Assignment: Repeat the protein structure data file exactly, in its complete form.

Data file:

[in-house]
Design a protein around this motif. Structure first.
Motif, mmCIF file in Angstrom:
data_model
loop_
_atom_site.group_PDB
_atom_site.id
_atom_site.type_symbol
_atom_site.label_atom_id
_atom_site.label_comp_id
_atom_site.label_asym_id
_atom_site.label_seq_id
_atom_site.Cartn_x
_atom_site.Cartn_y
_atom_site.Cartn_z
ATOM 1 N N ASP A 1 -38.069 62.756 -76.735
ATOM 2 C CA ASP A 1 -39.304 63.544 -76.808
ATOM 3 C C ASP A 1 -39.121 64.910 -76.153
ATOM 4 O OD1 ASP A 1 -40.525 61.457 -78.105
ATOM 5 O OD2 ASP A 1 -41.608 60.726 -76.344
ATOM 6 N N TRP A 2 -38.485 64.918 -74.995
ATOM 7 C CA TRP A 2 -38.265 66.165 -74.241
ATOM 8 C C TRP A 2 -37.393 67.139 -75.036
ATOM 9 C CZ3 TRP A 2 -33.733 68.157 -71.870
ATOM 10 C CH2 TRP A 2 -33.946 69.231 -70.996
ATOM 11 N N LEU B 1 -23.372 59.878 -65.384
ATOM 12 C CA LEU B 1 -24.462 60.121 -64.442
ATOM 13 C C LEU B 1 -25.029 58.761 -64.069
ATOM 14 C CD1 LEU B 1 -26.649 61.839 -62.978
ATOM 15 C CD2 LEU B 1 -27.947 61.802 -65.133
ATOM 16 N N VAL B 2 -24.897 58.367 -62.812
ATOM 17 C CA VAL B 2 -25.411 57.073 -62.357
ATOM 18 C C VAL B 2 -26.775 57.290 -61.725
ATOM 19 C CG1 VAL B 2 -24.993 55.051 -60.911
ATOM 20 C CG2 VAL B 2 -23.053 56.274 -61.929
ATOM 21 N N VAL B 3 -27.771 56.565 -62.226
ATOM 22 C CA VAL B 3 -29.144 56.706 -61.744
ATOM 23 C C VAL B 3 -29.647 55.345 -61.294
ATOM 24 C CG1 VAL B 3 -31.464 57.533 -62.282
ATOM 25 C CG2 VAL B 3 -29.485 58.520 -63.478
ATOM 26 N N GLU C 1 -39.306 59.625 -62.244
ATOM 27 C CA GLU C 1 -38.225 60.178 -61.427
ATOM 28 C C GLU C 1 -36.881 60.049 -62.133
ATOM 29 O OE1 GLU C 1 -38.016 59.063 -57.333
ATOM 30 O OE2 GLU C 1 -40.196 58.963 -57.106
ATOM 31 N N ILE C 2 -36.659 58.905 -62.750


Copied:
[in-house]
Design a protein around this motif. Structure first.
Motif, mmCIF file in Angstrom:
data_model
loop_
_atom_site.group_PDB
_atom_site.id
_atom_site.type_symbol
_atom_site.label_atom_id
_atom_site.label_comp_id
_atom_site.label_asym_id
_atom_site.label_seq_id
_atom_site.Cartn_x
_atom_site.Cartn_y
_atom_site.Cartn_z
ATOM 1 N N ASP A 1 -38.069 62.756 -76.735
ATOM 2 C CA ASP A 1 -39.304 63.544 -76.808
ATOM 3 C C ASP A 1 -39.121 64.910 -76.153
ATOM 4 O OD1 ASP A 1 -40.525 61.457 -78.105
ATOM 5 O OD2 ASP A 1 -41.608 60.726 -76.344
ATOM 6 N N TRP A 2 -38.485 64.918 -74.995
ATOM 7 C CA TRP A 2 -38.265 66.165 -74.241
ATOM 8 C C TRP A 2 -37.393 67.139 -75.036
ATOM 9 C CZ3 TRP A 2 -33.733 68.157 -71.870
ATOM 10 C CH2 TRP A 2 -33.946 69.231 -70.996
ATOM 11 N N LEU B 1 -23.372 59.878 -65.384
ATOM 12 C CA LEU B 1 -24.462 60.121 -64.442
ATOM 13 C C LEU B 1 -25.029 58.761 -64.069
ATOM 14 C CD1 LEU B 1 -26.649 61.839 -62.978
ATOM 15 C CD2 LEU B 1 -27.947 61.802 -65.133
ATOM 16 N N VAL B 2 -24.897 58.367 -62.812
ATOM 17 C CA VAL B 2 -25.411 57.073 -62.357
ATOM 18 C C VAL B 2 -26.775 57.290 -61.725
ATOM 19 C CG1 VAL B 2 -24.993 55.051 -60.911
ATOM 20 C CG2 VAL B 2 -23.053 56.274 -61.929
ATOM 21 N N VAL B 3 -27.771 56.565 -62.226
ATOM 22 C CA VAL B 3 -29.144 56.706 -61.744
ATOM 23 C C VAL B 3 -29.647 55.345 -61.294
ATOM 24 C CG1 VAL B 3 -31.464 57.533 -62.282
ATOM 25 C CG2 VAL B 3 -29.485 58.520 -63.478
ATOM 26 N N GLU C 1 -39.306 59.625 -62.244
ATOM 27 C CA GLU C 1 -38.225 60.178 -61.427
ATOM 28 C C GLU C 1 -36.881 60.049 -62.133
ATOM 29 O OE1 GLU C 1 -38.016 59.063 -57.333
ATOM 30 O OE2 GLU C 1 -40.196 58.963 -57.106
ATOM 31 N N ILE C 2 -36.659 58.905 -62.750